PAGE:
Direct measurements of key nuclear Reactions for the creation of Elements in Stars


The evolution of the universe has left an imprint in the form of the chemical elements. Understanding the cosmic origins of the elements remains a major challenge for science. The abundances of elements we see in our solar system, distant stars, meteorites, and in stellar explosions provide us with clues about how the elements came to be produced in a variety of different processes and stellar environments. To unravel these mysteries we need to understand the nuclear reactions producing and destroying the elements. New generation accelerator facilities and instrumentation are being developed in Europe which will enable many of these reactions to be measured directly for the first time, and with high precision. This offers the prospect of a major step forward in the field in the next few years. Many of the key reactions involve unstable nuclei, studied experimentally either by using radioactive beams or targets. These unstable nuclei play a critical role in high temperature stellar environments, most notably stellar explosions. Reactions can occur on the unstable nucleus before it has decayed thereby strongly altering the path of subsequent element synthesis. The proposal is sub-divided into 5 themes, concerning production of the heavy elements in neutron capture reactions, destruction of the cosmic gamma-ray emitter 26Al in core collapse supernovae, neutron source reactions in stars, the puzzle of high abundances of proton-rich heavy isotopes, and the origin of nature’s least abundant isotope 180mTa. Experiments will initially be performed using neutron beams from the upgraded n_TOF facility at CERN including the high flux EAR-2 beam line, and using radioactive beams from the upgraded HIE-ISOLDE facility at CERN. In the later phase of the proposal experiments will also be performed using the new ultra-high intensity neutron beam facility FRANZ at Frankfurt, and with radioactive beams injected into heavy ion storage rings to be installed at GSI and CERN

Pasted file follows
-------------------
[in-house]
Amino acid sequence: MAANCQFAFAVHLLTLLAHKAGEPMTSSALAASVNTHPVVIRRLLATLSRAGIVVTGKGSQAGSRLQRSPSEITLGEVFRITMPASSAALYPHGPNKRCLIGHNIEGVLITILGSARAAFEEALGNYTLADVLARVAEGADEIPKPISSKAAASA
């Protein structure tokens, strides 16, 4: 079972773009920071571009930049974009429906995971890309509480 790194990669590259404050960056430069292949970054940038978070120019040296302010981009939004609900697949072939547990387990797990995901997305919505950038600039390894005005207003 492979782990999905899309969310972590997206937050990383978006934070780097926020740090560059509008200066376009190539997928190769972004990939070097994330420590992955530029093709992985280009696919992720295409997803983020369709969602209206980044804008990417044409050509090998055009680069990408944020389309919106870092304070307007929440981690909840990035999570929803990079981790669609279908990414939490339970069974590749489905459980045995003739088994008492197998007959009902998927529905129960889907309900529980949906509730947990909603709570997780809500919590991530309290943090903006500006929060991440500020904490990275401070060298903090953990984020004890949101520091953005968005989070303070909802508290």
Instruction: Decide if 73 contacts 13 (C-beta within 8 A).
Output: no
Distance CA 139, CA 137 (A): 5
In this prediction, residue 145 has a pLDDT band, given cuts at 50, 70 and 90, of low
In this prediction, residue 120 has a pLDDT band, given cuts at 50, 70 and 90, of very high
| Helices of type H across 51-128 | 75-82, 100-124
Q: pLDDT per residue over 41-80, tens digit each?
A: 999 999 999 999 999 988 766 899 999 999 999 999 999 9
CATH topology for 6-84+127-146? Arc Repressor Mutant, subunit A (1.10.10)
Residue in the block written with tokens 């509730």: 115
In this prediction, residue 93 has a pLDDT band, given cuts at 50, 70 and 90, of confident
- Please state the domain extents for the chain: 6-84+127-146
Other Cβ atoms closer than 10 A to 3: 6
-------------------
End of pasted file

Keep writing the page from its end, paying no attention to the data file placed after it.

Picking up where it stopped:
• Status
  • Live
  • Project Launch
  • 01 June 2016
  • Project completed
  • 31 May 2021
Solar System, nuclear reactions, stellar explosions